Docket No. 1471.
August 29, 1927.
APPEAL from a judgment of the Superior Court of Los Angeles County and from an order denying a new trial. S.M. Marsh, Judge Presiding. Reversed.
The facts are stated in the opinion of the court.
Cantillon Hamilton, Thomas P. White, A.P.G. Steffes and Vincent C. Hickson for Appellant.
U.S. Webb, Attorney-General, and John W. Maltman and James S. Howie, Deputies Attorney-General, for Respondent.
The defendant was convicted of the crime of robbery and upon this appeal makes the contention that the evidence was insufficient to show the commission of that crime by him.
At the trial Thomas N. Littlewood, charged by the information to have been the victim of the robbery, testified that in the evening of October 2, 1926, he hailed the defendant, who was a taxicab driver and previously unknown to him, and entered his taxicab; that after driving to various places in defendant's taxicab they went about midnight to a hotel, where defendant engaged a room, to which he took Littlewood and a third person; that at the time they entered the room Littlewood took from his pockets a roll of bills and paid therefrom defendant's charges, amounting to about $3, and then put the balance of the money back in his pockets; that Littlewood then had in his possession about $140; that previously during their ride Littlewood had exhibited some, if not all, of this money in the presence of defendant; that upon being paid his charges defendant left the room and Littlewood undressed, placing his clothes upon a chair; that in a few minutes, and while said third person was still present, defendant came back into the room and began beating Littlewood with his fists, striking him on the head and making him unconscious, but that Littlewood got several good looks at him before this happened and knew that it was the defendant; that Littlewood had not given the defendant or said third person permission to take any of his money and did not turn any of it over to said third person that night; that when Littlewood came to he found himself alone in the room and at once rushed from the room into the street without waiting to dress and shouted for help; that one Shepard came to his assistance and went with him back to the room, where Littlewood dressed, and then got into a car and went to the San Pedro police station and made a report.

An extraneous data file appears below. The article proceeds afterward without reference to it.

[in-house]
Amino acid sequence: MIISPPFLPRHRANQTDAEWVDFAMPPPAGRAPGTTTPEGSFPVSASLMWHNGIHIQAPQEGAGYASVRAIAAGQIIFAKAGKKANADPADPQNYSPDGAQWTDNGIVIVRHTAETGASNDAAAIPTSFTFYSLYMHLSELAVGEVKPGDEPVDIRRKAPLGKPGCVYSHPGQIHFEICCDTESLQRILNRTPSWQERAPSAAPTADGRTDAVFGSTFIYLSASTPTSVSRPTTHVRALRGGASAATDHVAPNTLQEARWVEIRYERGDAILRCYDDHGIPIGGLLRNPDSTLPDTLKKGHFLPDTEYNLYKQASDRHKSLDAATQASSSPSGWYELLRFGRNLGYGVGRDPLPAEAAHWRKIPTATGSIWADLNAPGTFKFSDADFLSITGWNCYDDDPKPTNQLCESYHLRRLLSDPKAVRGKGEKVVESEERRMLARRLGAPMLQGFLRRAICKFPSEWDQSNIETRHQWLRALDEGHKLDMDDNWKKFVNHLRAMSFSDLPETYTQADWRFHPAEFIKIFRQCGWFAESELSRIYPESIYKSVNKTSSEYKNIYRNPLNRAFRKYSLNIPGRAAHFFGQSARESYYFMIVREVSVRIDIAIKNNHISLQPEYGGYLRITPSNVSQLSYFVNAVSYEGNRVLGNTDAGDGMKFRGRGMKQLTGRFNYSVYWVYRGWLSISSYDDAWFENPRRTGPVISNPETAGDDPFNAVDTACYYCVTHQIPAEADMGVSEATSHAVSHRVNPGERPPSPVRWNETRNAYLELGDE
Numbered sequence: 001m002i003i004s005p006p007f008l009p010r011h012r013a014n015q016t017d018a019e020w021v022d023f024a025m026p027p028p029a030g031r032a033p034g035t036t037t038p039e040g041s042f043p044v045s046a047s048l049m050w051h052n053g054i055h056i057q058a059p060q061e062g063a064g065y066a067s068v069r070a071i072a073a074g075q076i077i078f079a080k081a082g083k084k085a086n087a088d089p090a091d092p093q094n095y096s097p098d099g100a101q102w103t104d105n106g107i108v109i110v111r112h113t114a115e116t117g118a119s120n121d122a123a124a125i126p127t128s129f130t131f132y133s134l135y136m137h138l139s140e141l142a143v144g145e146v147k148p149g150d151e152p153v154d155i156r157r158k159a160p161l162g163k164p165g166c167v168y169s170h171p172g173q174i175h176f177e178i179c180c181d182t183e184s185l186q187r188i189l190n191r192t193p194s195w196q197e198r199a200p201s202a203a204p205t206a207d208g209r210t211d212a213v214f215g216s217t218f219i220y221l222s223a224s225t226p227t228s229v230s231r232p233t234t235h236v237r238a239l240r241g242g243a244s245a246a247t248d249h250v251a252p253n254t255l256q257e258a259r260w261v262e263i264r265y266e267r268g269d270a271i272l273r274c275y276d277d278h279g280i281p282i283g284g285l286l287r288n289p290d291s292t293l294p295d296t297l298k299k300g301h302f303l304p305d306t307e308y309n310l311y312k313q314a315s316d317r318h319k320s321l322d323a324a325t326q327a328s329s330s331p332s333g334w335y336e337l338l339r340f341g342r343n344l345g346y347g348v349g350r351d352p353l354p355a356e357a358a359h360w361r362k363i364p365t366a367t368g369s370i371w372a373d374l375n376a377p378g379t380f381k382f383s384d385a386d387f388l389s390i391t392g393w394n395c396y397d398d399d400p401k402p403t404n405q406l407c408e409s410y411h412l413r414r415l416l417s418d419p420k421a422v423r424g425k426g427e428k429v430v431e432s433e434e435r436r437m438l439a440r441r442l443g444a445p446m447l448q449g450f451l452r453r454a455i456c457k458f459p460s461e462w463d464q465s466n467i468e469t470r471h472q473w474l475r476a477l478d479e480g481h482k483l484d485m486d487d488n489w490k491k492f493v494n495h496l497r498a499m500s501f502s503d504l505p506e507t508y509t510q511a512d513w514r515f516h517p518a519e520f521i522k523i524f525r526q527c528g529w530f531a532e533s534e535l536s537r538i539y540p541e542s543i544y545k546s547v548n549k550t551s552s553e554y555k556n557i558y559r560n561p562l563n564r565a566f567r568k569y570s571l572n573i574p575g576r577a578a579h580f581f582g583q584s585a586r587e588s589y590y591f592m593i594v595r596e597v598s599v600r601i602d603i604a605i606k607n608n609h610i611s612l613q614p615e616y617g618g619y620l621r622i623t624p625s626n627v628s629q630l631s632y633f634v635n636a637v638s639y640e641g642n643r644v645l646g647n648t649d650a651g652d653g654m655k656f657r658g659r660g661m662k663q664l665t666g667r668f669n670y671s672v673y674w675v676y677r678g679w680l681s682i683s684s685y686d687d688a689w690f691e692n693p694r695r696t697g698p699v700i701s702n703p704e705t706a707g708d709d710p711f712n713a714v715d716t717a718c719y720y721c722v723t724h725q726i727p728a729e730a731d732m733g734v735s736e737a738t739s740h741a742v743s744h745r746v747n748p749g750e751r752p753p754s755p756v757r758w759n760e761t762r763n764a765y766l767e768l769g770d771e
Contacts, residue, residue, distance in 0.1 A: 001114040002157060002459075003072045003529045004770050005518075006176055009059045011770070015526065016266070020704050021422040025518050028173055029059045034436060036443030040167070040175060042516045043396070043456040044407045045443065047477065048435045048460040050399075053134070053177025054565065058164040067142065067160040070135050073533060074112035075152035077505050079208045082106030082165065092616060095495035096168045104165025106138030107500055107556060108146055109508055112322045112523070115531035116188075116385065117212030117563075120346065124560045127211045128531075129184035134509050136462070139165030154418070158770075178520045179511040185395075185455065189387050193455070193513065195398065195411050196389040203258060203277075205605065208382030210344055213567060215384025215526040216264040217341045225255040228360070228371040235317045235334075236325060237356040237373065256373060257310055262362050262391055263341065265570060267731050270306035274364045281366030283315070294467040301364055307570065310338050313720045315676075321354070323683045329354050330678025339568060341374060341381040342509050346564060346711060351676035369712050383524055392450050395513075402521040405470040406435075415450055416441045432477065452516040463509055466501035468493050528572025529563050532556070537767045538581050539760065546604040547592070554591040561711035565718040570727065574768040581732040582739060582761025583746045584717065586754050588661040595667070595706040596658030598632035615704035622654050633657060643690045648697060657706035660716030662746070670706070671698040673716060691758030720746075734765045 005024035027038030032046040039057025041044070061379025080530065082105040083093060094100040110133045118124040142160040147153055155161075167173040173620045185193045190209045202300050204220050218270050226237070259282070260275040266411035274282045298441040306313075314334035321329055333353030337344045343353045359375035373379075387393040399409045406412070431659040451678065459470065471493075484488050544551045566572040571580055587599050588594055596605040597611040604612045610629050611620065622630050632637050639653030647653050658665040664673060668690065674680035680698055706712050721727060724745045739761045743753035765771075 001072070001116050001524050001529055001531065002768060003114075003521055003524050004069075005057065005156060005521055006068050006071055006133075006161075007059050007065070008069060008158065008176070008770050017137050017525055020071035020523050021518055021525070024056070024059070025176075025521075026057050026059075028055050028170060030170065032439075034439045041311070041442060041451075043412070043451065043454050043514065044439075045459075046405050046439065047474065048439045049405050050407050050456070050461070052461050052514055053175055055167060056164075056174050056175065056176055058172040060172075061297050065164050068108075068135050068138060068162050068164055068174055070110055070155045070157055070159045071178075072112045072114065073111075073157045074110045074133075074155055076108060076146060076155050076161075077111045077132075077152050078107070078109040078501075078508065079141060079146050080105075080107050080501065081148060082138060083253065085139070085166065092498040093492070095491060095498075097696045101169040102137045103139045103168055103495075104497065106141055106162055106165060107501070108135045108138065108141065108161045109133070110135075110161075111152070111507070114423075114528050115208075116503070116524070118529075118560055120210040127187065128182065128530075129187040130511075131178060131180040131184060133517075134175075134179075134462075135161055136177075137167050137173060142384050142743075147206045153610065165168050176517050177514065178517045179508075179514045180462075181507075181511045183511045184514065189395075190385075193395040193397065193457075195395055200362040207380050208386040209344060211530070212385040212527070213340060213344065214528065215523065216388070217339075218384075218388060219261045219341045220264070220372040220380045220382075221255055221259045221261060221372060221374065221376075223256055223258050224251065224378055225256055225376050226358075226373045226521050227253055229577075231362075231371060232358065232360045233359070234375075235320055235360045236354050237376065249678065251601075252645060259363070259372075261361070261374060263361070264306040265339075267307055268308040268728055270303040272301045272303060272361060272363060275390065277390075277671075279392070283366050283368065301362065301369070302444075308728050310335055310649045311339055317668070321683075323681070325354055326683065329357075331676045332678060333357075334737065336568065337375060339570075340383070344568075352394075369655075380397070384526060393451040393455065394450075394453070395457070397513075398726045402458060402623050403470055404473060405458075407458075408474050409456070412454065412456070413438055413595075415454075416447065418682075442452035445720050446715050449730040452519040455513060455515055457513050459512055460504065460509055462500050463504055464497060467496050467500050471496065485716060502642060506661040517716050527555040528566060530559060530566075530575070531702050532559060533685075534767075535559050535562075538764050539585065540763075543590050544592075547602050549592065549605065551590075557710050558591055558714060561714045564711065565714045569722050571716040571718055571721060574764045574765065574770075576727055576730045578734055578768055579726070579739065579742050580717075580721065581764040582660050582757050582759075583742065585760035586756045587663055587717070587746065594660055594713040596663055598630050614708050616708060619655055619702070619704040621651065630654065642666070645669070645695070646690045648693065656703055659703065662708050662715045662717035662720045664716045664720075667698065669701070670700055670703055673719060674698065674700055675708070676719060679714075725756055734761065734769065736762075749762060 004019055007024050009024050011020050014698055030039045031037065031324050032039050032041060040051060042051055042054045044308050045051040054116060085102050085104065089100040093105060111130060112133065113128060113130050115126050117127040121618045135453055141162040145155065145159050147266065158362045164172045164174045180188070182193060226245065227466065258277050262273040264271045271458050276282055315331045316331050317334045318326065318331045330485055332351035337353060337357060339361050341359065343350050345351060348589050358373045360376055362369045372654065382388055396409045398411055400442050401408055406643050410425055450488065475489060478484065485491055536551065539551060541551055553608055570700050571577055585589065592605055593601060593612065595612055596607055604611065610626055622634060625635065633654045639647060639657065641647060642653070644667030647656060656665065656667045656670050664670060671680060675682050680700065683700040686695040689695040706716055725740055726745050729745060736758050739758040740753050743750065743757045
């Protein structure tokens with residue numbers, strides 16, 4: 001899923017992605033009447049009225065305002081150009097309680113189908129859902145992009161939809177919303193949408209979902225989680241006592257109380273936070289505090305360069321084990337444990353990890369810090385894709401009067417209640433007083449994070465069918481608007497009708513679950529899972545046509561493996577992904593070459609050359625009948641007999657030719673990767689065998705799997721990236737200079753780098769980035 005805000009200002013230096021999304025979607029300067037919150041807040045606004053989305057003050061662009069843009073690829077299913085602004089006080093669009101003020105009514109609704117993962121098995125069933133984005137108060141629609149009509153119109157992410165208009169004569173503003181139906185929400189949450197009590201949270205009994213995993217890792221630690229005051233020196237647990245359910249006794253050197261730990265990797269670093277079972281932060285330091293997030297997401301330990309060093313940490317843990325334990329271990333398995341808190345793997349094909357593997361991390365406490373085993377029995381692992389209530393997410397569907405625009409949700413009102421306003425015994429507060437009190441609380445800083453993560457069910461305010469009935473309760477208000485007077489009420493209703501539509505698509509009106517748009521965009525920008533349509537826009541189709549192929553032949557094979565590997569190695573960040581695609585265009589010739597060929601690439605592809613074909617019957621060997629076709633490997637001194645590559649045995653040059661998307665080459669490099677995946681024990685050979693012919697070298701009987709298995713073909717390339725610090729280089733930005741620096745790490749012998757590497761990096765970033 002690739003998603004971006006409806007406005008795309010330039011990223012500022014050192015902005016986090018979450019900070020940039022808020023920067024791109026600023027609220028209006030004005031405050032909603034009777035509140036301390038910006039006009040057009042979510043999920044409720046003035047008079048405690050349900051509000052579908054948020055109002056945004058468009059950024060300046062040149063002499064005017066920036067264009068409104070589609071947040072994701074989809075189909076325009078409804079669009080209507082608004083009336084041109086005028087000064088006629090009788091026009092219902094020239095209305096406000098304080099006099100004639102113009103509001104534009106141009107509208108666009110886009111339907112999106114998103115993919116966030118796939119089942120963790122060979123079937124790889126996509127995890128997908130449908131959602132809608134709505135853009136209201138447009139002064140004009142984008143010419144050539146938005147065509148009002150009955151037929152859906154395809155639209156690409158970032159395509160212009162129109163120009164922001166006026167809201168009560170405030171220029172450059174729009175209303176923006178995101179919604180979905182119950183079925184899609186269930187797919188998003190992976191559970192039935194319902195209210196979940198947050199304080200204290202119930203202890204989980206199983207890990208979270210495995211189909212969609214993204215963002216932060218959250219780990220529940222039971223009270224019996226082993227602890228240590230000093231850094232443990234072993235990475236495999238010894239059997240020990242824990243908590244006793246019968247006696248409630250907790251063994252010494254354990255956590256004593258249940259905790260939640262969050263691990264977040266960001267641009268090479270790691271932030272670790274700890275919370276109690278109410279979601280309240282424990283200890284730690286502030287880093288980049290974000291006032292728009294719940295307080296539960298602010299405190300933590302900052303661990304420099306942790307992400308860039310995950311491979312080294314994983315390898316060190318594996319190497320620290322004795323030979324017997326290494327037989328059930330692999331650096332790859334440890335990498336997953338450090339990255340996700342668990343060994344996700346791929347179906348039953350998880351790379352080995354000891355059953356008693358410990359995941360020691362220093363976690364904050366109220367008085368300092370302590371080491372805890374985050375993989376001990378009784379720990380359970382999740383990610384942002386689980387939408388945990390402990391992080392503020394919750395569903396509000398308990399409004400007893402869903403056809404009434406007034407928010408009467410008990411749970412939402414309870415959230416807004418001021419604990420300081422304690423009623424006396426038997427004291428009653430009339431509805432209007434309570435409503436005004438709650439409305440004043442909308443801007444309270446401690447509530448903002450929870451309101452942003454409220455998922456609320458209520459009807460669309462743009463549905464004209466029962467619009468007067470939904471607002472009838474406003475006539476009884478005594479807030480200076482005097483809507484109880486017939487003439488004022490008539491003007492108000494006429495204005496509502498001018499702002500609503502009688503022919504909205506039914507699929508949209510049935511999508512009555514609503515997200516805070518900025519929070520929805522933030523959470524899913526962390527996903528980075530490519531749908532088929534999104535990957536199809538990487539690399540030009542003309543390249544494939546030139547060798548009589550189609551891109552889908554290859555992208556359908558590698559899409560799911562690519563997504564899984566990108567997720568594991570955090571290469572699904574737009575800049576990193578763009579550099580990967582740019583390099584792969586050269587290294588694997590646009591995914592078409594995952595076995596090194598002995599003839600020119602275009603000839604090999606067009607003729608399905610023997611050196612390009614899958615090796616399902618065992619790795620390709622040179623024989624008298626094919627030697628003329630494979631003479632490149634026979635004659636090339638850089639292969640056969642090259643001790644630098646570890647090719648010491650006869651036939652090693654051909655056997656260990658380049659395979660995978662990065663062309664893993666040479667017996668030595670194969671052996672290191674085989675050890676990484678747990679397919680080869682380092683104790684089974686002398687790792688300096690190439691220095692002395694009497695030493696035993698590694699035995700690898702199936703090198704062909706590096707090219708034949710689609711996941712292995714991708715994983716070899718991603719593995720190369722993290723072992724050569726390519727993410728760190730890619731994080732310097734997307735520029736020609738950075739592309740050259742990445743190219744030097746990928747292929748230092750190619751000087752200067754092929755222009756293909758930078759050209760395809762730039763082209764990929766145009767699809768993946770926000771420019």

Mrs. Ulna Helvig testified that she was the landlady of the hotel to which Littlewood went with the defendant; that defendant rented the room from her and that afterward she heard some knocks and thumps and a moan, and thinking someone was sick she sent a boy named Donald to call Shepard, who was a roomer at the hotel. She did not go out herself and did not testify that she ever saw Littlewood at all or witnessed anything occurring between him and defendant.
Stanley C. Shepard testified that he was a lodger at the hotel in question; that shortly after midnight of October 2d the boy Donald came and knocked at his door and said someone was being robbed. The statement as to what Donald said was not made in response to any question, and when the witness made it an objection was made and sustained to the conversation between him and Donald, but no formal motion to strike out the above statement was made. Shepard further testified that he then got up, dressed and went out on the street; that he found Littlewood there and took him back into his room, where he got dressed, and Shepard then took him to the San Pedro police station.
Henry L. Evans, a police officer, testified that he saw Littlewood at the San Pedro police station about 1 A.M. of October 3d, and there were then a few scratches on his face. On cross-examination the defendant asked this witness: "Q. Did you examine the witness, Mr. Littlewood, to ascertain whether or not he had any money on him?" To this question the People objected that it was wholly immaterial and not proper cross-examination, and the court sustained the objection on the latter ground, which appears to have been well taken.